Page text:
Growth in email marketing from personalization
Increase in click-to-open rate across 65 million personalized emails
In quarterly revenue driven by personalization
Very few purchases in life play as significant a role as a jewelry gift for those we love most. Whether it’s an engagement ring or anniversary present, every piece celebrates a one-of-a-kind personal connection. Pandora’s purpose is to help people give a voice to their love. The company fulfills this purpose by creating affordable, hand-finished jewelry for the many rather than the few, with pieces that can be personalized to reflect our many facets and express who we are, creating unforgettable moments.
This has driven Pandora to offer a more personalized experience throughout the customer journey. Core to this strategy is the ability to tap into data captured through customer interactions. Pandora ingests three different types of data: customer profiles with product-level information, online and offline orders, and web page activity. Their legacy data solution struggled to efficiently manage both the sheer volume of data and the complexity of it. Cross-team collaboration was not supported, as each team used different programming languages and had different levels of access to data, preventing them from approaching problems through the same lens. And their legacy system, which required resource-intensive manual processes to build and train complex machine learning (ML) models, also slowed data science teams. Numan Ali, Solution Architect, Data and Analytics Center of Excellence at Pandora, explains, “It was too complex for our data teams to explore, collaborate and analyze data at the scale we had. And our struggles to deliver the data to our teams blocked our ability to innovate with analytics.”
The company also faced challenges in building reliable and performant data pipelines on their previous infrastructure to support downstream analytics and ML use cases. Not only did this compromise Pandora’s time to market and, therefore, their ability to compete — it also made the goal of personalized customer journeys impossible. “It took more than a day for the data to go from the source to the very endpoint,” Numan says. “In order to deliver an accurate personalized shopping experience, we needed a simpler and streamlined approach that would allow us to take advantage of our valuable data.”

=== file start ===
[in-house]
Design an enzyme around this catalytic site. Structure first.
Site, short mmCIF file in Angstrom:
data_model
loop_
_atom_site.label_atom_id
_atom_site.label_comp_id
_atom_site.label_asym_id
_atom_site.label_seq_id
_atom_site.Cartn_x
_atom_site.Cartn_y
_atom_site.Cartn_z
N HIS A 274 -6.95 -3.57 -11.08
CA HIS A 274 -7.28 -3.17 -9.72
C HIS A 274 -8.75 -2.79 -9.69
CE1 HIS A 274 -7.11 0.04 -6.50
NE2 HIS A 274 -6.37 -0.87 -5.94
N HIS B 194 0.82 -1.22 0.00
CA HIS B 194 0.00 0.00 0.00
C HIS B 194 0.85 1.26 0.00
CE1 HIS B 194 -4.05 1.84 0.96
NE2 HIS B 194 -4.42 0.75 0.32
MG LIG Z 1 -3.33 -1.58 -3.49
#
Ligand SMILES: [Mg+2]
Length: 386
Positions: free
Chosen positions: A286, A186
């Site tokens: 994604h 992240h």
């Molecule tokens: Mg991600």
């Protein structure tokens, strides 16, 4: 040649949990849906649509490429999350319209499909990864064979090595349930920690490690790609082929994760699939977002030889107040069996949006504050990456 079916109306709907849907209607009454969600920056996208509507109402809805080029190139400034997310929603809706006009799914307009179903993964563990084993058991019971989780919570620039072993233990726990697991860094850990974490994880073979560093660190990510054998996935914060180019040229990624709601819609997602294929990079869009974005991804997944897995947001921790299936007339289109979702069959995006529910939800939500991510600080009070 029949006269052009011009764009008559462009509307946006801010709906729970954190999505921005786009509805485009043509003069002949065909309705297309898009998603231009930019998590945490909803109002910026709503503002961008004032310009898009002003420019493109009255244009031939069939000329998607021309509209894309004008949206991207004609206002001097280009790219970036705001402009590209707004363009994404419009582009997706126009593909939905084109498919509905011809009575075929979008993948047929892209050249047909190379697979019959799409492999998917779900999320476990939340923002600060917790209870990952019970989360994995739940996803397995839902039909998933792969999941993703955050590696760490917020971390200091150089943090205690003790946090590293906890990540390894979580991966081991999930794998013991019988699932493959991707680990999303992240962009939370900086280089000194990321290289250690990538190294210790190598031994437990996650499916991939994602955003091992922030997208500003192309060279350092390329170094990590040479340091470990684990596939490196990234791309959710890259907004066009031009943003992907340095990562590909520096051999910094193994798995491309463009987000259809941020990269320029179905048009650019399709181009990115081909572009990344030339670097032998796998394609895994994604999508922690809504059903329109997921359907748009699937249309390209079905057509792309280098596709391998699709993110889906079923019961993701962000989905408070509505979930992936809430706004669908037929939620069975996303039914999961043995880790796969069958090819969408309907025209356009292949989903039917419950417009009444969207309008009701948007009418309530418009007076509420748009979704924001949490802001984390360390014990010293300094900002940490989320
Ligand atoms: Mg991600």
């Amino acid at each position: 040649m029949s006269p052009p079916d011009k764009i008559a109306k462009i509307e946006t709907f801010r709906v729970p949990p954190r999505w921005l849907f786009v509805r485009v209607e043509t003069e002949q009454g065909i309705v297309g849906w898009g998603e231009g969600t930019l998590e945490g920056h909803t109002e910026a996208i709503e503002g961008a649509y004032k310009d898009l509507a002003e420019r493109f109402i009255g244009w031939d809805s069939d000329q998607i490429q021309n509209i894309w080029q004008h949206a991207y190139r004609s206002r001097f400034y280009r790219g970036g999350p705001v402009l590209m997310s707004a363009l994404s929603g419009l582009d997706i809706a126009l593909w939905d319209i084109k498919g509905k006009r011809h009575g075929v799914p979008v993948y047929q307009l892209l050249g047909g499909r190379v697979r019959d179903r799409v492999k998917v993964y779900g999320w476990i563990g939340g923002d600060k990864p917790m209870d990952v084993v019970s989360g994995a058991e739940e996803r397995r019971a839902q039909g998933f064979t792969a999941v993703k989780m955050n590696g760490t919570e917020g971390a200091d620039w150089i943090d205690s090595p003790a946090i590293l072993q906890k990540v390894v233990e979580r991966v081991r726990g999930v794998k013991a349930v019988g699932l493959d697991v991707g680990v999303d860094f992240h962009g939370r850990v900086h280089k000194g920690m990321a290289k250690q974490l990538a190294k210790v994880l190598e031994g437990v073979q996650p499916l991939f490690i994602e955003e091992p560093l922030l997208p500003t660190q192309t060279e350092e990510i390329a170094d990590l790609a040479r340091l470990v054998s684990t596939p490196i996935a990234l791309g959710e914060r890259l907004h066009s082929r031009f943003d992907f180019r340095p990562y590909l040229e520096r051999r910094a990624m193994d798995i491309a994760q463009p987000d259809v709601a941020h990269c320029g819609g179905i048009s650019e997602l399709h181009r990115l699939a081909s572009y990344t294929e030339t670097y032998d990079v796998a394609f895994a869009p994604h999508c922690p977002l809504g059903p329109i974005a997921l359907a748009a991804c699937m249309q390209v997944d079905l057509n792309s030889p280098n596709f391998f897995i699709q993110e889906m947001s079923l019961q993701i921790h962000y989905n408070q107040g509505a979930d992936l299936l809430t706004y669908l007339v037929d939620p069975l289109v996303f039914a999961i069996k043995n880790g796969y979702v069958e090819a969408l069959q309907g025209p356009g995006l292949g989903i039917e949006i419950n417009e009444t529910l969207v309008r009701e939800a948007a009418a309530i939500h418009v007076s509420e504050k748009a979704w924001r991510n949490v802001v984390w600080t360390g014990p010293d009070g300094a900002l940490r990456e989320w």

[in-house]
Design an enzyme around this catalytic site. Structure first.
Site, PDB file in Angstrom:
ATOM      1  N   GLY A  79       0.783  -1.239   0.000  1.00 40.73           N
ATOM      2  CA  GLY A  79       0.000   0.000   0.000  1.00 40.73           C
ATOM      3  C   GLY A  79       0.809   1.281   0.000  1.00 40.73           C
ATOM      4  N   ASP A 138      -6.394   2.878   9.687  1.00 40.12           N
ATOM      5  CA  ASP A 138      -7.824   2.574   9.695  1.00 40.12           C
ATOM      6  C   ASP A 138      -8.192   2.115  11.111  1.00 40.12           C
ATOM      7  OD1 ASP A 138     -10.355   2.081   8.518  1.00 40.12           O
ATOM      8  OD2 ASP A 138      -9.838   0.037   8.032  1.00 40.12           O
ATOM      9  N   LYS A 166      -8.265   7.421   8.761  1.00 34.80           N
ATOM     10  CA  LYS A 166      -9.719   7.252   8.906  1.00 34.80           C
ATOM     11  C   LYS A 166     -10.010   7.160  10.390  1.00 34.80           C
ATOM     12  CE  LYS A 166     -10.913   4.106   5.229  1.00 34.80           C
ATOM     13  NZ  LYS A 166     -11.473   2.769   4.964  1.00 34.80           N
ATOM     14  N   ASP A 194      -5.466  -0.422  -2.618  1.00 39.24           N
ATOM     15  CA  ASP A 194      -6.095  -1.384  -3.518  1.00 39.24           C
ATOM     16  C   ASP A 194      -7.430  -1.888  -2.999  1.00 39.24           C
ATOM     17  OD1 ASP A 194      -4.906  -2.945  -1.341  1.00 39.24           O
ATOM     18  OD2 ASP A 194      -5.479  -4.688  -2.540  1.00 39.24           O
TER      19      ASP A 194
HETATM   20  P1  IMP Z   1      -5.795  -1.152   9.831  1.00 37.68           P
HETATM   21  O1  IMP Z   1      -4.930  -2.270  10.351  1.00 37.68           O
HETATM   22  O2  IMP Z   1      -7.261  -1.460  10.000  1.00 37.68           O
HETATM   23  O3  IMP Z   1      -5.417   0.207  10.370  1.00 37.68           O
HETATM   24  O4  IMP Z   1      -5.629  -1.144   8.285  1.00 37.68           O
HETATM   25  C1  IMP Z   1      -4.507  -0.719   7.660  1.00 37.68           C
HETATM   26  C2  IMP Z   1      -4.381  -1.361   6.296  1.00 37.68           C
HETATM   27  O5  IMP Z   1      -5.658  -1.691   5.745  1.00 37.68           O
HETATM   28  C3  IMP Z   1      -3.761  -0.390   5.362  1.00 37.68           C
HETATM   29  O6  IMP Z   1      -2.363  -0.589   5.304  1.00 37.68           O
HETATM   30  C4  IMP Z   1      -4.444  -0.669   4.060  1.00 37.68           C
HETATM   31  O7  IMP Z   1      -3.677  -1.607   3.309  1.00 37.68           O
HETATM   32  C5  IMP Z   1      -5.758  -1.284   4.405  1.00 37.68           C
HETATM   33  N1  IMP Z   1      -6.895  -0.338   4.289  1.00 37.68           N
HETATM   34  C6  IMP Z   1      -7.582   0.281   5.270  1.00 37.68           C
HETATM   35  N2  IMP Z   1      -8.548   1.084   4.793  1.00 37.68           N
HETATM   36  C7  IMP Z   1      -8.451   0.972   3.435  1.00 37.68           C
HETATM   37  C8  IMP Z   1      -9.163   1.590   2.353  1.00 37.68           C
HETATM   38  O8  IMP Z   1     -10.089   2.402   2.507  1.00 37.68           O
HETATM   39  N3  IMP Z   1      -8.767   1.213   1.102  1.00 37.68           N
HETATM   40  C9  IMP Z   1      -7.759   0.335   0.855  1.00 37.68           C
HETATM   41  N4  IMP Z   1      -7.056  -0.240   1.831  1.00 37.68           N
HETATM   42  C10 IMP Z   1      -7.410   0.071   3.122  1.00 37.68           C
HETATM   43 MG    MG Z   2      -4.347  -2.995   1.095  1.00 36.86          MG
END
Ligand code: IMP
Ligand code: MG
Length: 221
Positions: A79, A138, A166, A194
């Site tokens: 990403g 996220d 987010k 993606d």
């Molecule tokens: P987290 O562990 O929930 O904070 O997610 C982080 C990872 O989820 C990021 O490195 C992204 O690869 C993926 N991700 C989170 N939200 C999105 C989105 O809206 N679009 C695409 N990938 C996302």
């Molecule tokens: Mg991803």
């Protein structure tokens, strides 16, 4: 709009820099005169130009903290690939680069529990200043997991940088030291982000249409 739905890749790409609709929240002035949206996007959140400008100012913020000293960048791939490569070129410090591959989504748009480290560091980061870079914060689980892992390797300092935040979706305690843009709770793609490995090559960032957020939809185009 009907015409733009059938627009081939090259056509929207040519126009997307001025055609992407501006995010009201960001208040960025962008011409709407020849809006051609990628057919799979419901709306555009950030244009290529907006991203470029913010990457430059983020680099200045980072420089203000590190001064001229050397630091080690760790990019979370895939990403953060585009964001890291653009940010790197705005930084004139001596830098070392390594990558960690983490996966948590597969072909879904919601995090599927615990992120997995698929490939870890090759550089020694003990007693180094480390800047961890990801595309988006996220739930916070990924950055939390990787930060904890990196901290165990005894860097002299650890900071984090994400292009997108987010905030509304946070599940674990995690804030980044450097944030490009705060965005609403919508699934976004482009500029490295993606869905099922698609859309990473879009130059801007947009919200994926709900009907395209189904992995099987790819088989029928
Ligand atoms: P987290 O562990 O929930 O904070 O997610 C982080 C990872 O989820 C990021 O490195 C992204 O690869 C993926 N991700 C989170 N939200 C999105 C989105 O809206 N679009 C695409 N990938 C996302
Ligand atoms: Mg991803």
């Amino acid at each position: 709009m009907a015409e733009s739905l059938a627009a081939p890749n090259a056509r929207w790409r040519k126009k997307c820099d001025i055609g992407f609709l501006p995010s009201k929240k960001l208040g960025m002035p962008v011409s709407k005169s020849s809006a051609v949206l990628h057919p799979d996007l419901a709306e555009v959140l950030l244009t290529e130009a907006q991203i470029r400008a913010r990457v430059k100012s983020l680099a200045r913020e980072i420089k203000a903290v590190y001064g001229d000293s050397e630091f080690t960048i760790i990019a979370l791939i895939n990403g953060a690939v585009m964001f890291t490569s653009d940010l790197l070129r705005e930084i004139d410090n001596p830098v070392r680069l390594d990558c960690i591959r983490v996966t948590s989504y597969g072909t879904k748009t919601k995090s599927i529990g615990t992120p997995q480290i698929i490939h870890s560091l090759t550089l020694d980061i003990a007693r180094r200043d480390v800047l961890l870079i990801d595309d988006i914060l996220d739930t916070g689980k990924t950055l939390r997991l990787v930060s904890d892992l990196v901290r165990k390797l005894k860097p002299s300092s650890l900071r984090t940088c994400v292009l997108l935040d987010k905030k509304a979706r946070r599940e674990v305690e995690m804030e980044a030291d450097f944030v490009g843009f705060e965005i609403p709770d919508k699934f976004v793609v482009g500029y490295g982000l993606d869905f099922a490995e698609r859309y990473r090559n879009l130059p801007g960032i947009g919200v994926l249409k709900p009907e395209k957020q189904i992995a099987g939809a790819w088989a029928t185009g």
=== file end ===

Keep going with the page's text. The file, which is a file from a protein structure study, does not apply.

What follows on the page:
Pandora chose to modernize their approach to data with the Databricks Lakehouse Platform. Onboarding was simple and collaboration was uninhibited, resulting in widespread adoption across Pandora’s data teams. For the first time, those teams — including business users like BI analysts — were able to collaborate on a centralized platform. Numan says, “All different people from different use cases, traditionally using different technologies — they really came together using Databricks. They could understand each other better and they could easily discover the data and share insights with ease. Collaboration became very, very simple.” Even marketers are now able to access the data — and with limited SQL capability, they can perform ad hoc queries without having to distract data teams and can visualize insights directly through Power BI.
Equipped with a unified view of their data through the Lakehouse, data teams are able to build the necessary pipelines to feed various stakeholders for their use cases, including personalization. Pandora’s BI developers built their MCV dashboard within Power BI and now pipe the data directly from Databricks to give marketers a better understanding of consumers across 11 different segments, using that information to develop more targeted campaigns.
Since using the Databricks Lakehouse Platform, Pandora has seen significant gains in operational efficiency, allowing them to get the right data in the hands of the data teams — and in hours, not days. As a result, Pandora has unleashed new personalized experiences across channels — transforming the way they engage with consumers through the buyer’s journey. Since then, they have scaled their personalization efforts to eight key markets (U.S., Australia, France, Germany, Italy, the UK, the Netherlands and Poland). With data as the key ingredient in their personalization efforts, they have seen a 50% increase in click-to-open rates compared to their standardized newsletters, and are sending 65 million emails with personalized product recommendations a year.
Looking ahead, Pandora will continue to lean on Databricks to build on the level of maturity already achieved in personalization and apply it to more consumer opportunities both online and offline. “A big opportunity ahead of us is true omnichannel personalization, where we can connect the dots between what a consumer browses on our website and taking those insights to provide unmatched customer service that results in more in-store sales,” concluded Numan. “This will require a complete group effort across all our data teams, and Databricks Lakehouse will serve as the common denominator to get us there.”